28 Sep 2009

A Birders Lament

As you now realise I am back in Kent for the winter. We took ourselves over to Sheppey and started at Leysdown to perhaps see the Turnstones or perhaps Sanderling. nothing spectacular there so retreated back to Harty, at the top of the hill that descends to the bend with the fleet to your right I stopped and gazed up the fleet my bino's they did not produce anything of note so returned to the car looking east towards the raptor viewpoint I could See a large discolouring in the grey sky which was heading our way, then the honking and noise could be heard and getting louder as you have probably guessed I was gazing at a huge movement of geese, Greylag and Canada a rough accounting gave me circa 1500 or more birds, grabbing my camera, fitting a 400 zoom lens I fired away, capturing all three leading vee formations and getting shot's as they flew up the fleet towards the new bridge crossing, and capturing on the final shot a landscape which included the geese. We entered the car and discussed our good fortune at seeing this wonderful sight so early into our day, I began to think I was into a rare purple patch and that RSPB Elmley was going to produce something special. We cruised up to the Raptor Viewpoint and I could contain myself no longer, I stopped, grabbed the canon 20d SLR , activated the preview button the screen glared at me and in the middle, as if framed, it read NO MEDIA INSERTED, I had left the 4 gigabyte media card at home, after calling myself unmentionable names I rummaged through my kit bag and found a 256 MB card, that did save the day, but the geese will have to be a pleasant memory. There must be a moral their somewhere.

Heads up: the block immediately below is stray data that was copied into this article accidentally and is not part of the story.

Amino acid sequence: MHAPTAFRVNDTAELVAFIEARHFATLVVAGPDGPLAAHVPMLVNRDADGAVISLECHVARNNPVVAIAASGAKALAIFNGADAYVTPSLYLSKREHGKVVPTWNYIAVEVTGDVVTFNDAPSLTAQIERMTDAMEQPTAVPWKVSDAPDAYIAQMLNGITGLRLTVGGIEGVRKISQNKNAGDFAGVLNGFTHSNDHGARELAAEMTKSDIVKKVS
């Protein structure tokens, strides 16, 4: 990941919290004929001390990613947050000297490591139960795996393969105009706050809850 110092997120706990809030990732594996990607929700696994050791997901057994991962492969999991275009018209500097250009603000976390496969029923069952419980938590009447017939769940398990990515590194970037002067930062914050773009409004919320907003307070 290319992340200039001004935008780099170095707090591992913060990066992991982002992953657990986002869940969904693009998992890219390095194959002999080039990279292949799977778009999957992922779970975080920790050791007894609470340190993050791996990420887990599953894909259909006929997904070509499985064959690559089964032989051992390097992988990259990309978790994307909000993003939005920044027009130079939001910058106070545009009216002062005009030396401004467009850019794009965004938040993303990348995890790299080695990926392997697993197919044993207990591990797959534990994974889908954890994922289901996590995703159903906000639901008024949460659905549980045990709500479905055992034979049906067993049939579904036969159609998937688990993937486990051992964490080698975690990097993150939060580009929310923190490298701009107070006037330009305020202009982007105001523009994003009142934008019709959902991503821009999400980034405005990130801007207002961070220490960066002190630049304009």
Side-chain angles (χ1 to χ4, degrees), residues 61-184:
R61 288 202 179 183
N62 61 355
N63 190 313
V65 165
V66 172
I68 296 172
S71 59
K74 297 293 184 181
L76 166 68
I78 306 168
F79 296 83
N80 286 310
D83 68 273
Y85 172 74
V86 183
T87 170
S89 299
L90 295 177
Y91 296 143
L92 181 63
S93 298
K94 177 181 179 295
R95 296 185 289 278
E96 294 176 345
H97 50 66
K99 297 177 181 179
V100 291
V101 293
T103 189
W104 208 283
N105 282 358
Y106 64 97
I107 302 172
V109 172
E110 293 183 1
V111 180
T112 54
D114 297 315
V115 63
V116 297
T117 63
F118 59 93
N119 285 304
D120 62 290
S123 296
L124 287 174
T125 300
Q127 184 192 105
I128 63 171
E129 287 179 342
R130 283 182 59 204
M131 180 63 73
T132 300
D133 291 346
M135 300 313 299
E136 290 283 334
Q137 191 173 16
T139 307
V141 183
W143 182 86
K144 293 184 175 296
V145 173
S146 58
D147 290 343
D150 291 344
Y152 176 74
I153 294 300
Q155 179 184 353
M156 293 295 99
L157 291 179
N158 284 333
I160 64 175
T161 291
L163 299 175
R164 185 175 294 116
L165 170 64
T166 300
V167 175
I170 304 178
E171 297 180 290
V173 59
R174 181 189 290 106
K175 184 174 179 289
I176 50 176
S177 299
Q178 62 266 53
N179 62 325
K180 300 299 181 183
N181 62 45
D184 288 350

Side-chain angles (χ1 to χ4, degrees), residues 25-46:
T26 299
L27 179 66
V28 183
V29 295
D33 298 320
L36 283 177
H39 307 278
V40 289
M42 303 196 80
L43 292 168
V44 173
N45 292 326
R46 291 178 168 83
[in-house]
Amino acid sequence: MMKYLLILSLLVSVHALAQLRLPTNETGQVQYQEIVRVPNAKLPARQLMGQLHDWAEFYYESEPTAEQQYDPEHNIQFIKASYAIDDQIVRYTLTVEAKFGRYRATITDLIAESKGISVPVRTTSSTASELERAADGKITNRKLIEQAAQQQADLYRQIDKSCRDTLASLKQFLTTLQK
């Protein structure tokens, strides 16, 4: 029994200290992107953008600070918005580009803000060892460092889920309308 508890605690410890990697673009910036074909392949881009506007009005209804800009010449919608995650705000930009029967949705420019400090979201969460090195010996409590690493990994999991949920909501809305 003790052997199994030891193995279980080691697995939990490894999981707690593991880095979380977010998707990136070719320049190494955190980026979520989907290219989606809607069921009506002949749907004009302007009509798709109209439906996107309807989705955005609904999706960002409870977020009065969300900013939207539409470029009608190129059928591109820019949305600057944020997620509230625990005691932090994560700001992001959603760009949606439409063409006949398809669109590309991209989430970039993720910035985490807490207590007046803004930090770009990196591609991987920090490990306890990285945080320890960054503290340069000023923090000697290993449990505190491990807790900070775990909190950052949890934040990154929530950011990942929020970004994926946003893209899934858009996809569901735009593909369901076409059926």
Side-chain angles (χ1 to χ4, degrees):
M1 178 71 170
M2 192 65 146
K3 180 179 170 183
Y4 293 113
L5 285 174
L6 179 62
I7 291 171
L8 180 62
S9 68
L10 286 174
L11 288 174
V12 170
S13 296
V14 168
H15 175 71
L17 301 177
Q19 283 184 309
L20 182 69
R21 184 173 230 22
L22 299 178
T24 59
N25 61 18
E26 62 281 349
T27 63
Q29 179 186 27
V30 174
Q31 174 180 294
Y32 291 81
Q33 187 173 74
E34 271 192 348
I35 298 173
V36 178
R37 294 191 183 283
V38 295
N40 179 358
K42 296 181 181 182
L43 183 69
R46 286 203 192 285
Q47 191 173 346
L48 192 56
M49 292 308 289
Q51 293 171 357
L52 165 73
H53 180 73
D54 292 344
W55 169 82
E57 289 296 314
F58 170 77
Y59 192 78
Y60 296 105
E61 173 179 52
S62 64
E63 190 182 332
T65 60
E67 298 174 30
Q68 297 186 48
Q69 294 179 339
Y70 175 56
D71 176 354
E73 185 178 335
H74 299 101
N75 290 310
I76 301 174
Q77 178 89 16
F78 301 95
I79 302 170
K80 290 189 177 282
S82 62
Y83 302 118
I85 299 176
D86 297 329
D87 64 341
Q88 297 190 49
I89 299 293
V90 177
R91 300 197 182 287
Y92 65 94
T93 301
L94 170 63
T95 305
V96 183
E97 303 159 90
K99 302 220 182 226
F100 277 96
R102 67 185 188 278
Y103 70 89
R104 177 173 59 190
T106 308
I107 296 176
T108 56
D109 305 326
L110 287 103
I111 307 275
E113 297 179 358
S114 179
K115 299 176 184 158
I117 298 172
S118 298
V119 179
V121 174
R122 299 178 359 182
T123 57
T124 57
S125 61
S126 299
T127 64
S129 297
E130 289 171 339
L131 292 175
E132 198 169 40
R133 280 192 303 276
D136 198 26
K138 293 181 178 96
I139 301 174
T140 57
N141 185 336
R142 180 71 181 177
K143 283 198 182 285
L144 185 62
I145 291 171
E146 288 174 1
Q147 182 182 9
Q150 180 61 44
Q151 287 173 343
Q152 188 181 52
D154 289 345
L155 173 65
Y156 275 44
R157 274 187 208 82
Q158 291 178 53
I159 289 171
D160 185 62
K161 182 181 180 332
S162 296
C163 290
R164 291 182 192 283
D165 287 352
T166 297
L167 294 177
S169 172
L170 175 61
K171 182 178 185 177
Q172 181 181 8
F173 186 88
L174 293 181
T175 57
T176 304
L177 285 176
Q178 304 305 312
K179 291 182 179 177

A Little Grebe.

Found this little bird fishing in one of the dykes that still had water.

I have no idea !

This was taken today in the Wellmarsh hide RSPB Isle of Sheppey, Kent, you will notice the nasty looking protrusion emanating from its rear end.